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Lou Gerhig was born on June 19, 1903.

It’s been almost 75 years since Gerhig’s death but he is still associated as a man of dignity.

He hit 493 homers, knocked in 1,990 runs, and sported a .340 batting average. His 184 RBI’s in one season is an American League record. His 23 grand slams is a major league record. He played 13 consecutive seasons with 100 RBI and 100 runs scored. He had 200 hits and 100 walks in the same season seven times. There were two MVPs and a Triple Crown. And, there were 12 consecutive seasons of hitting .300, 10 seasons of at least 30 homers, an average of 153 RBI’s over an 11-year stretch, and a .632 lifetime slugging percentage.

He was known as the “Iron Horse” because of his durability – having played in 2,130 consecutive games (a record only recently shattered by Cal Ripken).

It, of course, ironic that this hero of the baseball diamond who was so strong on the field was so tragically felled at such an early age (He died in 1941 at age 37).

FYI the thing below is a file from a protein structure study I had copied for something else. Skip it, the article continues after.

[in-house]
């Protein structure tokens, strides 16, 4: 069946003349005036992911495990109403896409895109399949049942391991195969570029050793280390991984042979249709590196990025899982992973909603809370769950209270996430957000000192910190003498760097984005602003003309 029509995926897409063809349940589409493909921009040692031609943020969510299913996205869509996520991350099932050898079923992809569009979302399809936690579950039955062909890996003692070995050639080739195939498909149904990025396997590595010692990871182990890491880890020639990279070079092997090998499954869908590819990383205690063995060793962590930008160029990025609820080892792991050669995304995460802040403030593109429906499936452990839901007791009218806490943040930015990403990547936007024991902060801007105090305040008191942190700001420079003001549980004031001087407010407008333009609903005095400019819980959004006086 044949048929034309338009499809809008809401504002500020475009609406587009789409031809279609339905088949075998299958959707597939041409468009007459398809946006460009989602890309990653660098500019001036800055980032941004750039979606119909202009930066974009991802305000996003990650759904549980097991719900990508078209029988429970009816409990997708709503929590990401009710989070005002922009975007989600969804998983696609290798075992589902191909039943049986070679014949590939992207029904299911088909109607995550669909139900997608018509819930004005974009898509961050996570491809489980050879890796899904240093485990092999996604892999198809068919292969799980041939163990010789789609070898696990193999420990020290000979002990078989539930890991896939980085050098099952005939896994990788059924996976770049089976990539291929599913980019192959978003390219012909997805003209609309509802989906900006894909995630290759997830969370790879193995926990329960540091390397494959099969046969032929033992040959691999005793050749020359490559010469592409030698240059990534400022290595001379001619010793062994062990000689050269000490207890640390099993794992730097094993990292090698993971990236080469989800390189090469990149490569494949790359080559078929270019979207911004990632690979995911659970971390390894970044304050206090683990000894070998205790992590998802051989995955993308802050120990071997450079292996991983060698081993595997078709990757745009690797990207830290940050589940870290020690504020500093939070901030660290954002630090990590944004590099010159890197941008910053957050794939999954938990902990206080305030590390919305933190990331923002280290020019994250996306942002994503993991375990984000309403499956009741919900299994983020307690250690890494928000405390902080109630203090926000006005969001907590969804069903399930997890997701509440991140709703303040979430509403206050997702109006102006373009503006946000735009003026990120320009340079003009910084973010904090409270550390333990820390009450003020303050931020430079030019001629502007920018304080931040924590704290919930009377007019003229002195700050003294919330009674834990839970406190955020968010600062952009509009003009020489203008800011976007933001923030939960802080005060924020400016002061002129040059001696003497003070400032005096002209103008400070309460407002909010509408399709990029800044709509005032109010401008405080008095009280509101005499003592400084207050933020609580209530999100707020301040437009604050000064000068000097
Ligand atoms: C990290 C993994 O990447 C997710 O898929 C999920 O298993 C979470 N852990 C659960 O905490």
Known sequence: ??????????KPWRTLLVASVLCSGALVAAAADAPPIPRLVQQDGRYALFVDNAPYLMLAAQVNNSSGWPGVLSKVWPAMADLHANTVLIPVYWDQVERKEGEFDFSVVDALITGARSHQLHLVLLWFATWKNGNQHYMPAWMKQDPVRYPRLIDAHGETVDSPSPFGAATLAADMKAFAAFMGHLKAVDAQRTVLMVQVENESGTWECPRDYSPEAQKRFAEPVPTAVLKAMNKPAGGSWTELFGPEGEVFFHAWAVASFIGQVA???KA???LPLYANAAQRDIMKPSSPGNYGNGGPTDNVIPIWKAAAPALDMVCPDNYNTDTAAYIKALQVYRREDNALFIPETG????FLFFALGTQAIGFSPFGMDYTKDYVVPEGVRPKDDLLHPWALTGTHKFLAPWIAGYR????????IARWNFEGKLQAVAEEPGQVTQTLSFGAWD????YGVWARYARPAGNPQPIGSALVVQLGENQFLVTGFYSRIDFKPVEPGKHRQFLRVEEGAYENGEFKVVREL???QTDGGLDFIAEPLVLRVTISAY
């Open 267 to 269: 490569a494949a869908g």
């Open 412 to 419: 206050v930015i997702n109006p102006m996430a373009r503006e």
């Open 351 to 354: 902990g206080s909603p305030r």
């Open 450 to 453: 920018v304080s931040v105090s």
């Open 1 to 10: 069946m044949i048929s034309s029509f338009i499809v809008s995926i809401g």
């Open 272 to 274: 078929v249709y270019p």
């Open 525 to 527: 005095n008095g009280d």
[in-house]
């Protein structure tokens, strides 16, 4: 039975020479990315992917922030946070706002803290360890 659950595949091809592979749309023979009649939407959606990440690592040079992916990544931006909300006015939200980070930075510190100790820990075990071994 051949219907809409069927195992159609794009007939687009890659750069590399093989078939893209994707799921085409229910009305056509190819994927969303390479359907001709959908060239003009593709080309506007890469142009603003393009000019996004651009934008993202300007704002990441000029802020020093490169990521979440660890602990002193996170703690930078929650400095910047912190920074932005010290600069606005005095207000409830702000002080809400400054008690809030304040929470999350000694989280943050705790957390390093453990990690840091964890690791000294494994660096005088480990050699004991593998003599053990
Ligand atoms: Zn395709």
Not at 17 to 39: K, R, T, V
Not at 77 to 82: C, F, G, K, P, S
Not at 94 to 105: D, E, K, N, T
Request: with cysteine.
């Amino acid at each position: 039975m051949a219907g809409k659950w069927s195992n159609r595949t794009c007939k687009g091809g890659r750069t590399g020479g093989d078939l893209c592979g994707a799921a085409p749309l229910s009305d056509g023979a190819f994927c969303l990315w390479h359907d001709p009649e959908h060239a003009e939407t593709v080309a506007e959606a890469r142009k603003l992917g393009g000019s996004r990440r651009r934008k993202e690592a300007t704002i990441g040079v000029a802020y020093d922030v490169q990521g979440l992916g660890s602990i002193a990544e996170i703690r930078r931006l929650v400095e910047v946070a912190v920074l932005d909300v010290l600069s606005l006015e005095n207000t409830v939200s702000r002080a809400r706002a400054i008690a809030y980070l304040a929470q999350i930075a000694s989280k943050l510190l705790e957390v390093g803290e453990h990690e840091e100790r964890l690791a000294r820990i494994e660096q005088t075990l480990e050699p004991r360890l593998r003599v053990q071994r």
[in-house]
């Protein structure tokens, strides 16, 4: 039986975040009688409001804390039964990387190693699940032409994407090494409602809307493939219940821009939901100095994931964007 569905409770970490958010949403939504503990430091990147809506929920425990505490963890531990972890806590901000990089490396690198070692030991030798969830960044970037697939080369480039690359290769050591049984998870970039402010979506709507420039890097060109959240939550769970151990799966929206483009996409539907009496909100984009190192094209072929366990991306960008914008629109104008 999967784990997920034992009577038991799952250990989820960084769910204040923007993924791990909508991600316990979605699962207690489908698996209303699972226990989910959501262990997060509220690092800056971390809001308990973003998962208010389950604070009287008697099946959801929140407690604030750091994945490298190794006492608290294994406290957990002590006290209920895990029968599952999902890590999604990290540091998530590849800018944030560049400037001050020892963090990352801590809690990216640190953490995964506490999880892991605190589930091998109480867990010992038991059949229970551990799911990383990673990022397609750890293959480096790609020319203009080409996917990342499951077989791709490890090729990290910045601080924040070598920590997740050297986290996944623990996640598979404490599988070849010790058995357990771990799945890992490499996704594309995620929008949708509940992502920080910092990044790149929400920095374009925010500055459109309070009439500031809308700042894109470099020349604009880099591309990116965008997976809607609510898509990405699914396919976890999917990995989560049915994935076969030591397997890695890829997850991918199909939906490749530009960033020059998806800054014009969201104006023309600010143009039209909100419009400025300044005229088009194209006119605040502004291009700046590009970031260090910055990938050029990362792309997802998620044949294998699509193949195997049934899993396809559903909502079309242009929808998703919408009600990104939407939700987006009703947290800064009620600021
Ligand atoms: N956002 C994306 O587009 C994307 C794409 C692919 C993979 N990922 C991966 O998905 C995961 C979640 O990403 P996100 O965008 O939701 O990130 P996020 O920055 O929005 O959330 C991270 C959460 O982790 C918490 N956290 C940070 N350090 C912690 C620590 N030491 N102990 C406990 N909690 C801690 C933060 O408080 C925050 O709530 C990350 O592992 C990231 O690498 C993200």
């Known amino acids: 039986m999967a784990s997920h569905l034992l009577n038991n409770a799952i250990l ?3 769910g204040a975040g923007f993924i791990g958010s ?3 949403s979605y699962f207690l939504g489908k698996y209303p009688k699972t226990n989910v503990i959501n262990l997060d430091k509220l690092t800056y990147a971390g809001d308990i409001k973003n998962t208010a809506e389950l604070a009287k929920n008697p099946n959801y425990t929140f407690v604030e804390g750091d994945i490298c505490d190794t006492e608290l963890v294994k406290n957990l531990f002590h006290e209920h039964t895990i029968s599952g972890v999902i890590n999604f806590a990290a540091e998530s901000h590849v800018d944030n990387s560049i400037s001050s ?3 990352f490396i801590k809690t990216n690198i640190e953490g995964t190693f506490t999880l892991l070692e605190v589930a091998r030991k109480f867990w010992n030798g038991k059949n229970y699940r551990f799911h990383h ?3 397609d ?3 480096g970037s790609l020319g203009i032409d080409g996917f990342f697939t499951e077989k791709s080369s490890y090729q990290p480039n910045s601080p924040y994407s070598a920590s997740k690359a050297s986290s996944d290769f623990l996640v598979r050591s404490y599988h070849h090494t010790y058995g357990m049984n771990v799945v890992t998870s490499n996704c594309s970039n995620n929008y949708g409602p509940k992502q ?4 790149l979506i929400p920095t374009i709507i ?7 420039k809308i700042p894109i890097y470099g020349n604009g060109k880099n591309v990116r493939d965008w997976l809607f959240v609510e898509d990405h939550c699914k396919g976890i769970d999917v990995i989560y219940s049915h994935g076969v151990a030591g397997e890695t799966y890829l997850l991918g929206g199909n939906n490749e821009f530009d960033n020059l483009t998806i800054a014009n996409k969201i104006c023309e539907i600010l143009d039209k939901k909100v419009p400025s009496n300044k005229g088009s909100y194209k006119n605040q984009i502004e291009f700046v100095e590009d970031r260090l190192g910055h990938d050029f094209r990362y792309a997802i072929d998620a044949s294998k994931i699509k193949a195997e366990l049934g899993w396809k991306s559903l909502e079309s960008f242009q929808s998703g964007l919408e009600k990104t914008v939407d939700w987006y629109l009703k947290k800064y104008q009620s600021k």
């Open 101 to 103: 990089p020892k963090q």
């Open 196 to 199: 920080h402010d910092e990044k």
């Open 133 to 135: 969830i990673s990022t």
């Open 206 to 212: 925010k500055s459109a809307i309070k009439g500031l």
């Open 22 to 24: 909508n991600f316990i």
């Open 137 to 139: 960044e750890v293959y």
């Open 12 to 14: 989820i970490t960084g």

Many today only know of Lou Gerhig because of the illness named after him and for the “speech” he made on a day that honored him.

It was July 4, 1939, Lou Gehrig Appreciation Day at Yankee Stadium, a little more than two months after he played his final game, less than a month after he had learned he had amyotrophic lateral sclerosis. There was Gehrig, surrounded by his teammates from the 1927 and 1939 Yankees, taking his cut at the microphone.Shaking with emotion, he fought back tears as he kept his eyes focused on the ground. For a moment it looked as if Gehrig wouldn’t make it to the plate. But manager Joe McCarthy whispered a few words to his favorite player, and Gehrig regained his composure. In a moment later captured by the Hollywood film “The Pride of the Yankees,” starring Gary Cooper, Gehrig delivered an emotional farewell address, speaking slowly and stressing the appreciation he felt for all that was being done for him.”For the past two weeks you have been reading about the bad break I got,” he told the hushed crowd. “Yet today I consider myself the luckiest man on the face of the earth.”
In a world today that too often disappoints, it is we who are lucky to have Lou Gehrig as an exanple of class and dignity.

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